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If someone grabbed me by the neck, I'd bite him, too. . .
 

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YES, you should be worried. You should be worried about a lot of things, like the dog biting him again, only worse, or biting another friend, or stranger, or child. You should also be worried about your POOR DOG. The things your boyfriend's brother is doing are totally and completely INAPPROPRIATE. He could cause injury to your dog. You should be worried about law suits that could result from your dog biting someone.

This is absolutely this jerk's fault. A dog that suffers abuse often feels they need to defend themselves, because no one else is defending her. Defend your dog.

If it were me, this guy would find a new place to live. I don't think just talking to him, or telling him to stop is going to do the trick, as the bite happened when you weren't home, and you will NEVER know if he continues to do this when you aren't home.
 

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Y
This is absolutely this jerk's fault. A dog that suffers abuse often feels they need to defend themselves, because no one else is defending her. Defend your dog.
Or, you know, HER fault, because it's HER dog. If you can't keep the dog safe, find it a new home- oh, wait, you can't because you allowed someone to spend a year teaching her that people are dangerous and she needs to bite when someone reaches a hand toward her.

How many dogs die every year because of this sort of thing? "Oh, she bit out of nowhere!" Yeah, right.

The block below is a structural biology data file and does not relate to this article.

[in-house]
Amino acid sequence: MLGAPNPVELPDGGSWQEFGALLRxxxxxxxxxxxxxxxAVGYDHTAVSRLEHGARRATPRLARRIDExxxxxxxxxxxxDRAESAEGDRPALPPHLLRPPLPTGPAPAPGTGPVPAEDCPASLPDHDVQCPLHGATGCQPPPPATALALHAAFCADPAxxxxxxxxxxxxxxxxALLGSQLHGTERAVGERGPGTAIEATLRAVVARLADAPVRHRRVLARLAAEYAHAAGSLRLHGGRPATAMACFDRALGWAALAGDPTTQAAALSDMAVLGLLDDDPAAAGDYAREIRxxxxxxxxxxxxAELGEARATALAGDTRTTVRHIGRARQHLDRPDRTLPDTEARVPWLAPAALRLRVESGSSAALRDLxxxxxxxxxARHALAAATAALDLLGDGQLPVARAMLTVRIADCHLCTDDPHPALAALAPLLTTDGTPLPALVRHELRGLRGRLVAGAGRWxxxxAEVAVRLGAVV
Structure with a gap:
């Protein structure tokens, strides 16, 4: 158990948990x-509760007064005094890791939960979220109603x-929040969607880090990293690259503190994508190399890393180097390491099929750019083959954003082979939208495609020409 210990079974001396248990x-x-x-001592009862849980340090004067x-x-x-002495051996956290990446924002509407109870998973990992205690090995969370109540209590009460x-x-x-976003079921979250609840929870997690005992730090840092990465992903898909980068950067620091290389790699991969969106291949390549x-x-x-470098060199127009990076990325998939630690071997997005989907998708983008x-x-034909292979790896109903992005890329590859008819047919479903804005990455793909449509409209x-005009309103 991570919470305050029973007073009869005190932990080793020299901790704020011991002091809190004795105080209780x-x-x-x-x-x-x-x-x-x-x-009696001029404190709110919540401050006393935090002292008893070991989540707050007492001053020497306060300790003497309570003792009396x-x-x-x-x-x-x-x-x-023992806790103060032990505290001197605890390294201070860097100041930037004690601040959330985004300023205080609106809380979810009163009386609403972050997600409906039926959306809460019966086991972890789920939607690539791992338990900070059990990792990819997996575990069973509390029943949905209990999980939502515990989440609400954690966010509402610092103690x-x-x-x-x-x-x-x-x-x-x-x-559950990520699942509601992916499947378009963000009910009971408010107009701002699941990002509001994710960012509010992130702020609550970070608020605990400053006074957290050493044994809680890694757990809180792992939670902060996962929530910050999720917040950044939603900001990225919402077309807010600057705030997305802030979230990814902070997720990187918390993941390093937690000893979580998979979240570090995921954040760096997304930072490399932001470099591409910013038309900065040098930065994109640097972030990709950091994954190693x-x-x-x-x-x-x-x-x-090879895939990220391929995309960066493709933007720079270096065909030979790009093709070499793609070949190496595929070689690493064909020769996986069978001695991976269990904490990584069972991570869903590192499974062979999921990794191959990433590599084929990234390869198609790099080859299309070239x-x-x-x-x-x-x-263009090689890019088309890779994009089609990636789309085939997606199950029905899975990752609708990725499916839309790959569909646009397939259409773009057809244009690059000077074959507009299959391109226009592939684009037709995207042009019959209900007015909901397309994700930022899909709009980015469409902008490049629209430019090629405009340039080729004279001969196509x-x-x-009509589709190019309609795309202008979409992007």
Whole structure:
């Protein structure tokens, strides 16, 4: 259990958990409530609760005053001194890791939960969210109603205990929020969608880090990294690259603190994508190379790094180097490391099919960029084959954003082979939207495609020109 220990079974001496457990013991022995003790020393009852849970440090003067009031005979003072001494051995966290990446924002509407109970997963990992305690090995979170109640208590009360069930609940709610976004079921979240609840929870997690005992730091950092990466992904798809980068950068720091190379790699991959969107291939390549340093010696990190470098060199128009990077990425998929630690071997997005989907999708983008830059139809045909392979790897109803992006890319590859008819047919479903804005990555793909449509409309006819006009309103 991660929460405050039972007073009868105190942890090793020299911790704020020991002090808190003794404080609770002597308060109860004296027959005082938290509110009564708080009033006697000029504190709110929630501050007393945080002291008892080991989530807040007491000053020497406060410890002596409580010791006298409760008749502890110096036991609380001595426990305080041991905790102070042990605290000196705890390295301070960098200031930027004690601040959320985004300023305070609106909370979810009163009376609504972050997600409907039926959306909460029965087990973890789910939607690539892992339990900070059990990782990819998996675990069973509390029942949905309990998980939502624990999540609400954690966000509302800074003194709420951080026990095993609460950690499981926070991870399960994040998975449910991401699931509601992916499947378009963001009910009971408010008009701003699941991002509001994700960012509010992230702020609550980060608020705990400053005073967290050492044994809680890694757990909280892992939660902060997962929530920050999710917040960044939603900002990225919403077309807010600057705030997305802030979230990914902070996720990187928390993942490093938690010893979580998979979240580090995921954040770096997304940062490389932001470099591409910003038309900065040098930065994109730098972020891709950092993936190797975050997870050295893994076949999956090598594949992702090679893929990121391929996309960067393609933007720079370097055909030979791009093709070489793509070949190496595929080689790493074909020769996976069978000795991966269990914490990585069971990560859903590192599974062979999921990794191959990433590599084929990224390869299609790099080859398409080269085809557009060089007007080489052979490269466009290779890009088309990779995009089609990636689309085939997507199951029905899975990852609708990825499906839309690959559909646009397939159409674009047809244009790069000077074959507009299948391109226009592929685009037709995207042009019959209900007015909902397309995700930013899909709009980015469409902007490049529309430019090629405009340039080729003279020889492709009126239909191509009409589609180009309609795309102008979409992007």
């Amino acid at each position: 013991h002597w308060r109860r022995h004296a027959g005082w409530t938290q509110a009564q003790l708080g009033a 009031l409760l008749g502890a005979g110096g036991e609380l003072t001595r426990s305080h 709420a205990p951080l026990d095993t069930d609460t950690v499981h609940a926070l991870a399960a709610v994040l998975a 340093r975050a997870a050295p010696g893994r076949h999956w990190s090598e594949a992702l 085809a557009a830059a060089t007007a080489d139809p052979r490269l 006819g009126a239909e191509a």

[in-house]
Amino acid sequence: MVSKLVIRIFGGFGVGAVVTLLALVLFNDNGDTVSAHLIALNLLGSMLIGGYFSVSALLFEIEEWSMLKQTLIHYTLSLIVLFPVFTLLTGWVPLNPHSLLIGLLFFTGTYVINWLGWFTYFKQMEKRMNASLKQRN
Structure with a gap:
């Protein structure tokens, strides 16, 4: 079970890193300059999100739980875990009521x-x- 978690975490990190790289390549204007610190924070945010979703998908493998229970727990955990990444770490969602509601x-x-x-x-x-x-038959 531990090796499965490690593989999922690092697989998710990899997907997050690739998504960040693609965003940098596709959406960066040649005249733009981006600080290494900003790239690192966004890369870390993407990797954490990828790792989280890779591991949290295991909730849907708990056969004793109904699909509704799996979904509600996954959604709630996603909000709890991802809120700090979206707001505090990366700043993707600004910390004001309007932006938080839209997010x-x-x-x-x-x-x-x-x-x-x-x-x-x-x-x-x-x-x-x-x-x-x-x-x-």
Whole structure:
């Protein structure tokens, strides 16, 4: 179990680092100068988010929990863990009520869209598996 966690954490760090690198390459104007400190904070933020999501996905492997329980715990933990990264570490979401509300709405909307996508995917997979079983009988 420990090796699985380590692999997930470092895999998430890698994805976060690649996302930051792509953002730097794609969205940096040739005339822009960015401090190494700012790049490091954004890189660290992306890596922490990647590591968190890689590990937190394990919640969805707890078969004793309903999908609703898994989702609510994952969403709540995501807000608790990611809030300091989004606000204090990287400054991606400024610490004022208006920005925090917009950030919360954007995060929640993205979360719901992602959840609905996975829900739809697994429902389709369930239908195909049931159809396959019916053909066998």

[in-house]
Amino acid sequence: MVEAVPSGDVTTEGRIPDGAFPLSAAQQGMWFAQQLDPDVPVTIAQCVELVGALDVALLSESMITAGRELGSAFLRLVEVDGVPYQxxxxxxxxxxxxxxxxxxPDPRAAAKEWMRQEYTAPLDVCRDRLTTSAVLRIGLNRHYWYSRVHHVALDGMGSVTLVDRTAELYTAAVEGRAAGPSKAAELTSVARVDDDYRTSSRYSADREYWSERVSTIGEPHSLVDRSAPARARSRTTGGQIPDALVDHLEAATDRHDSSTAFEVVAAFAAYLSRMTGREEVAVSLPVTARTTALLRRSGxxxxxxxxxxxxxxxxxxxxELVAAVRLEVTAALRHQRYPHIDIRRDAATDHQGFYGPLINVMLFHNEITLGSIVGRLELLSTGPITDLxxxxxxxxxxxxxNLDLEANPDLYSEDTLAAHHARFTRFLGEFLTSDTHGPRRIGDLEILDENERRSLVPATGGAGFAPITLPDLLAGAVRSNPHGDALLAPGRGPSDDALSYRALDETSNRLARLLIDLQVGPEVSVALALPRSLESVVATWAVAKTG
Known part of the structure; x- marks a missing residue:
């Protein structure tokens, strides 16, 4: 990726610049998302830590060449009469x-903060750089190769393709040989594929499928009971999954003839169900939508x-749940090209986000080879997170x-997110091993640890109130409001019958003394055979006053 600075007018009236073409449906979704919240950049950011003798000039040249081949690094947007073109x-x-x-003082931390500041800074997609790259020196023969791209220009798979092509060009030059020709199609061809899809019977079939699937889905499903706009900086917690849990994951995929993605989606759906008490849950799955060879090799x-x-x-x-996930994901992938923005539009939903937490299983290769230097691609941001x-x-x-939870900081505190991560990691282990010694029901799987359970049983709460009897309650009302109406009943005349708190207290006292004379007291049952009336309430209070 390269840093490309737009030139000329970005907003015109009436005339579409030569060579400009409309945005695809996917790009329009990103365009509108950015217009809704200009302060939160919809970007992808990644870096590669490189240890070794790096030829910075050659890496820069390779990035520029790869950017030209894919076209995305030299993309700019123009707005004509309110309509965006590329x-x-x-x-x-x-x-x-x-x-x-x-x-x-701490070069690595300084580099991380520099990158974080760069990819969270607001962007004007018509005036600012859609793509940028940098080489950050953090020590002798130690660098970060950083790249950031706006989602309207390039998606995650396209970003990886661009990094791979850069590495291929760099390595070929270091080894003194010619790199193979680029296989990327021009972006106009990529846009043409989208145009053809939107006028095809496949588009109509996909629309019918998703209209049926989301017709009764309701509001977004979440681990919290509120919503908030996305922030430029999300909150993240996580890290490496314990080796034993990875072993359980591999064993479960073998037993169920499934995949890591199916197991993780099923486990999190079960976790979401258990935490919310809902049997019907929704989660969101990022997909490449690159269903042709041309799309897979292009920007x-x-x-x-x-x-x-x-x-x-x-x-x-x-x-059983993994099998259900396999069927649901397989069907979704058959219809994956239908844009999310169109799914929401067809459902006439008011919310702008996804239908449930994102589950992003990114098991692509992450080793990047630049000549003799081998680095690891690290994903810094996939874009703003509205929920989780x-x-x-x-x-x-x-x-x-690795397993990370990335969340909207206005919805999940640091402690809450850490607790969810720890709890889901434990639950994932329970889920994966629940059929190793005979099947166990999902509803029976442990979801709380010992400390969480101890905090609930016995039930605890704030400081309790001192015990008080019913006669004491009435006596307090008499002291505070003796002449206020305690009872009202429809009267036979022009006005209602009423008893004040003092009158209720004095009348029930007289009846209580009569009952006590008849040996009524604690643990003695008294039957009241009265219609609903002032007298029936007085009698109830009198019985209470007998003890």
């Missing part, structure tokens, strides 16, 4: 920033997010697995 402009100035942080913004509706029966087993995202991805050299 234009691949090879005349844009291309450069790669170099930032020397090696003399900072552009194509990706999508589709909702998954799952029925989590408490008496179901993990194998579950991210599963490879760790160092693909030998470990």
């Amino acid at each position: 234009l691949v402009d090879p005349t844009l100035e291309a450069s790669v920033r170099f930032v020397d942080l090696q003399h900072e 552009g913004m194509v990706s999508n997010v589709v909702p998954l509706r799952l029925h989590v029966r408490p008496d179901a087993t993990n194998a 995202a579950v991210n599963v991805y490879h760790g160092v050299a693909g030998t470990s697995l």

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If you care about this dog, find a good positive trainer and do not allow your boyfriend's brother access to the dog. That's not training, it's abuse.
 

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Or, you know, HER fault, because it's HER dog. If you can't keep the dog safe, find it a new home- oh, wait, you can't because you allowed someone to spend a year teaching her that people are dangerous and she needs to bite when someone reaches a hand toward her.

How many dogs die every year because of this sort of thing? "Oh, she bit out of nowhere!" Yeah, right.
Very true. I thought about posting something about the owners having part of the blame for allowing this to happen, but I didn't want to totally scare them off.
 

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I would have bit the jerk too.

Yes you should be worried, you should be worried about the abuse that your boyfriend's brother is inflicting on your dog. He is a bully and a low level abuser and the dog is defending herself from him.

The problem is, when someone continues to treat a dog like that, the dog will start to interpret the actions of OTHER people to also be frightening. As in, if he hits her on the nose, then she will think any hand reaching towards her face is coming towards her to hit her. So one day, nice stranger kid reaches for a pet (kids are always reaching out towards the faces of dogs) and gets bit. Just like the stranger in the park got nipped. If the dog didn't break the skin, she was showing bite inhibition and probably trying NOT to be aggressive.

You either need to move out, stop the guy from interacting with your dog or allow ONLY supervised interaction on YOUR terms which means absolutely NO grabbing, throwing, bopping or hitting in any form. If you continue to allow someone to treat your dog like that, you are setting yourself up for a bite lawsuit and setting the dog up to be put to sleep for something she was innocent in.

Nothing of what you said indicates an aggressive dog- to me, it indicates a dog that is going to great lengths not to be aggressive and has taken a lot of crap without fighting back.
This^^^^. Your boyfriend's brother is being abusive. He WILL make your dog aggressive. Get rid of the boyfriend's brother, or move out. Under no circumstances should that abuser have any contact with your dog, or be left alone with your dog. If you can't get rid of boyfriend's brother and you won't take dog and move out, you need to rehome your dog, before he makes it so aggressive/fearful that it becomes dangerous, or he ends up hurting the dog. He sounds like the kind of person who would injure/torture/kill the dog if it seriously bit him (a well deserved bite).